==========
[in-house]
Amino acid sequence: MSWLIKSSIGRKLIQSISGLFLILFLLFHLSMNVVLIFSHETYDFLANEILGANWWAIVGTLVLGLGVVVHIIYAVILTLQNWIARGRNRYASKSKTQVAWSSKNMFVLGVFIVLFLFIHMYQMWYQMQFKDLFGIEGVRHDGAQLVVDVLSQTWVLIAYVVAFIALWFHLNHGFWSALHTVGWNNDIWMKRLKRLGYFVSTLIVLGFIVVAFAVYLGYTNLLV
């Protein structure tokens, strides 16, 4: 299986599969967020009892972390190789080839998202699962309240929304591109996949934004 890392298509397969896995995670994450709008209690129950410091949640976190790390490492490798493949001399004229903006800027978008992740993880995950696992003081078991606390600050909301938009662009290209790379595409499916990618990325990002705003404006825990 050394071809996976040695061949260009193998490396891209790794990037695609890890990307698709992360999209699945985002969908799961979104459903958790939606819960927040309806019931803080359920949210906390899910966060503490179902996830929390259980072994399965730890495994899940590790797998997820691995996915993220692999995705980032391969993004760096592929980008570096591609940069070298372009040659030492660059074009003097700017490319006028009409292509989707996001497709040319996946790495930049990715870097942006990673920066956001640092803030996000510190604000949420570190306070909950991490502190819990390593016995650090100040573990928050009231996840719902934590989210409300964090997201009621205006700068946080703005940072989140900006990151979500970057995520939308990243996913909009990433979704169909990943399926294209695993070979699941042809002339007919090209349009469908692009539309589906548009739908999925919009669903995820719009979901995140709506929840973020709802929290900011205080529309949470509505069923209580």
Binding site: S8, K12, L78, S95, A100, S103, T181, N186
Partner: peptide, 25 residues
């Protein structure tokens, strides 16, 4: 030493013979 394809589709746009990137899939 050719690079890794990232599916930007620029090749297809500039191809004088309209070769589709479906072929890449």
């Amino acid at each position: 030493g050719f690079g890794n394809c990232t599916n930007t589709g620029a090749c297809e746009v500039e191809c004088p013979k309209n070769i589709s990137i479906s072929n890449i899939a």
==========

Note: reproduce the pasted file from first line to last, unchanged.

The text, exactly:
[in-house]
Amino acid sequence: MSWLIKSSIGRKLIQSISGLFLILFLLFHLSMNVVLIFSHETYDFLANEILGANWWAIVGTLVLGLGVVVHIIYAVILTLQNWIARGRNRYASKSKTQVAWSSKNMFVLGVFIVLFLFIHMYQMWYQMQFKDLFGIEGVRHDGAQLVVDVLSQTWVLIAYVVAFIALWFHLNHGFWSALHTVGWNNDIWMKRLKRLGYFVSTLIVLGFIVVAFAVYLGYTNLLV
């Protein structure tokens, strides 16, 4: 299986599969967020009892972390190789080839998202699962309240929304591109996949934004 890392298509397969896995995670994450709008209690129950410091949640976190790390490492490798493949001399004229903006800027978008992740993880995950696992003081078991606390600050909301938009662009290209790379595409499916990618990325990002705003404006825990 050394071809996976040695061949260009193998490396891209790794990037695609890890990307698709992360999209699945985002969908799961979104459903958790939606819960927040309806019931803080359920949210906390899910966060503490179902996830929390259980072994399965730890495994899940590790797998997820691995996915993220692999995705980032391969993004760096592929980008570096591609940069070298372009040659030492660059074009003097700017490319006028009409292509989707996001497709040319996946790495930049990715870097942006990673920066956001640092803030996000510190604000949420570190306070909950991490502190819990390593016995650090100040573990928050009231996840719902934590989210409300964090997201009621205006700068946080703005940072989140900006990151979500970057995520939308990243996913909009990433979704169909990943399926294209695993070979699941042809002339007919090209349009469908692009539309589906548009739908999925919009669903995820719009979901995140709506929840973020709802929290900011205080529309949470509505069923209580």
Binding site: S8, K12, L78, S95, A100, S103, T181, N186
Partner: peptide, 25 residues
């Protein structure tokens, strides 16, 4: 030493013979 394809589709746009990137899939 050719690079890794990232599916930007620029090749297809500039191809004088309209070769589709479906072929890449």
């Amino acid at each position: 030493g050719f690079g890794n394809c990232t599916n930007t589709g620029a090749c297809e746009v500039e191809c004088p013979k309209n070769i589709s990137i479906s072929n890449i899939a």